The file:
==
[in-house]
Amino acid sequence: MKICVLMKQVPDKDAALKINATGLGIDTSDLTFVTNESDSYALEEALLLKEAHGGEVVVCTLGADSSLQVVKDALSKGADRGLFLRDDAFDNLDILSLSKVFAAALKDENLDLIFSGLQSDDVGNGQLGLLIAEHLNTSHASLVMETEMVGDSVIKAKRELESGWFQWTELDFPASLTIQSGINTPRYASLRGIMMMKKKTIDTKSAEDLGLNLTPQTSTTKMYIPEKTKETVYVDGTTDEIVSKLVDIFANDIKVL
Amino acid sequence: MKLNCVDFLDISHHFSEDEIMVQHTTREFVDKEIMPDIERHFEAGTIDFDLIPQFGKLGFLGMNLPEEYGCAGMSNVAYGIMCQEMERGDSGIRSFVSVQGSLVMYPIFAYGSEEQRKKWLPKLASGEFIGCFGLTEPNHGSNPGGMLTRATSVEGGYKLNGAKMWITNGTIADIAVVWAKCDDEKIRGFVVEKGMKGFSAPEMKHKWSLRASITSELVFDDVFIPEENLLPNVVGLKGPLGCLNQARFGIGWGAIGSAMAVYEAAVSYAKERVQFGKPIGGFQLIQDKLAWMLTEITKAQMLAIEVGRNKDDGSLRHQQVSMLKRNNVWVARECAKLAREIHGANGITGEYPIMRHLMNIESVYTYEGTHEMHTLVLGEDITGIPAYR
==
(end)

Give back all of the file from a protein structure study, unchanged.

[in-house]
Amino acid sequence: MKICVLMKQVPDKDAALKINATGLGIDTSDLTFVTNESDSYALEEALLLKEAHGGEVVVCTLGADSSLQVVKDALSKGADRGLFLRDDAFDNLDILSLSKVFAAALKDENLDLIFSGLQSDDVGNGQLGLLIAEHLNTSHASLVMETEMVGDSVIKAKRELESGWFQWTELDFPASLTIQSGINTPRYASLRGIMMMKKKTIDTKSAEDLGLNLTPQTSTTKMYIPEKTKETVYVDGTTDEIVSKLVDIFANDIKVL
Amino acid sequence: MKLNCVDFLDISHHFSEDEIMVQHTTREFVDKEIMPDIERHFEAGTIDFDLIPQFGKLGFLGMNLPEEYGCAGMSNVAYGIMCQEMERGDSGIRSFVSVQGSLVMYPIFAYGSEEQRKKWLPKLASGEFIGCFGLTEPNHGSNPGGMLTRATSVEGGYKLNGAKMWITNGTIADIAVVWAKCDDEKIRGFVVEKGMKGFSAPEMKHKWSLRASITSELVFDDVFIPEENLLPNVVGLKGPLGCLNQARFGIGWGAIGSAMAVYEAAVSYAKERVQFGKPIGGFQLIQDKLAWMLTEITKAQMLAIEVGRNKDDGSLRHQQVSMLKRNNVWVARECAKLAREIHGANGITGEYPIMRHLMNIESVYTYEGTHEMHTLVLGEDITGIPAYR